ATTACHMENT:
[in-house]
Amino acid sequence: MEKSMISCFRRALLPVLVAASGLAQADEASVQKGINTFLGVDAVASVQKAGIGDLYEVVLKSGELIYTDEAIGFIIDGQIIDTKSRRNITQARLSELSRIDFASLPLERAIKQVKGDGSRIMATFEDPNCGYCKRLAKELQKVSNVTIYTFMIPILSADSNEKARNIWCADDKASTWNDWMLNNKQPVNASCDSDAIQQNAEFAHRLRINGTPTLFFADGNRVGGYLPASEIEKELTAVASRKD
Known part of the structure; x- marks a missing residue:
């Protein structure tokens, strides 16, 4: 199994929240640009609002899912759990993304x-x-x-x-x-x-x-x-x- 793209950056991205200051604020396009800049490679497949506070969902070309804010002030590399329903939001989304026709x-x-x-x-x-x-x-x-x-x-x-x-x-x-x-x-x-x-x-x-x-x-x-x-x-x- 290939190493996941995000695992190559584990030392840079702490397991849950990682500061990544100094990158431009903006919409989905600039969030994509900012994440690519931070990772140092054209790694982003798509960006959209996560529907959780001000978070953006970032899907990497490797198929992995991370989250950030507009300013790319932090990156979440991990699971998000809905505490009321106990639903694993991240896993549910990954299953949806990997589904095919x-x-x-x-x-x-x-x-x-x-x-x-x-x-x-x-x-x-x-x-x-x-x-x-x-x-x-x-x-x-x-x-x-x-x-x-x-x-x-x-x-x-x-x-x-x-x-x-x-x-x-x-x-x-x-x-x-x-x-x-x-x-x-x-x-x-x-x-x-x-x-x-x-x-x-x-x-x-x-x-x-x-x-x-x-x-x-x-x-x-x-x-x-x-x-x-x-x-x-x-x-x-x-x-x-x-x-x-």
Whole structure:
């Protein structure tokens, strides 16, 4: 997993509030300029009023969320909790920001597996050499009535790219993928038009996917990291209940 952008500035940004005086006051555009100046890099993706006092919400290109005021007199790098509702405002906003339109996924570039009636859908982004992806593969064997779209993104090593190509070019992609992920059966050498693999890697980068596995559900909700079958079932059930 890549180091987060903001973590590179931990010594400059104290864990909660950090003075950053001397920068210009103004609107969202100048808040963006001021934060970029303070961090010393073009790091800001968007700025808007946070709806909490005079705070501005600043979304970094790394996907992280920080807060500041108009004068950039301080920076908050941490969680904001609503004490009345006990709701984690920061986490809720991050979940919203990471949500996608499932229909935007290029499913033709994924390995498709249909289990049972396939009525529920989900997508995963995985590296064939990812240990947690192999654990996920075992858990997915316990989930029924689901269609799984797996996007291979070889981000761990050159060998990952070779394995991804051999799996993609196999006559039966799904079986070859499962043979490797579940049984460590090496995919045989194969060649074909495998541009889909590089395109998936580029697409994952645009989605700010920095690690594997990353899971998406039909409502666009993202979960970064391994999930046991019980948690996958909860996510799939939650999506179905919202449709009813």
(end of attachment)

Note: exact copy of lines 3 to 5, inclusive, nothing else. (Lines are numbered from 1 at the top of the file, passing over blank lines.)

Known part of the structure; x- marks a missing residue:
């Protein structure tokens, strides 16, 4: 199994929240640009609002899912759990993304x-x-x-x-x-x-x-x-x- 793209950056991205200051604020396009800049490679497949506070969902070309804010002030590399329903939001989304026709x-x-x-x-x-x-x-x-x-x-x-x-x-x-x-x-x-x-x-x-x-x-x-x-x-x- 290939190493996941995000695992190559584990030392840079702490397991849950990682500061990544100094990158431009903006919409989905600039969030994509900012994440690519931070990772140092054209790694982003798509960006959209996560529907959780001000978070953006970032899907990497490797198929992995991370989250950030507009300013790319932090990156979440991990699971998000809905505490009321106990639903694993991240896993549910990954299953949806990997589904095919x-x-x-x-x-x-x-x-x-x-x-x-x-x-x-x-x-x-x-x-x-x-x-x-x-x-x-x-x-x-x-x-x-x-x-x-x-x-x-x-x-x-x-x-x-x-x-x-x-x-x-x-x-x-x-x-x-x-x-x-x-x-x-x-x-x-x-x-x-x-x-x-x-x-x-x-x-x-x-x-x-x-x-x-x-x-x-x-x-x-x-x-x-x-x-x-x-x-x-x-x-x-x-x-x-x-x-x-």
Whole structure: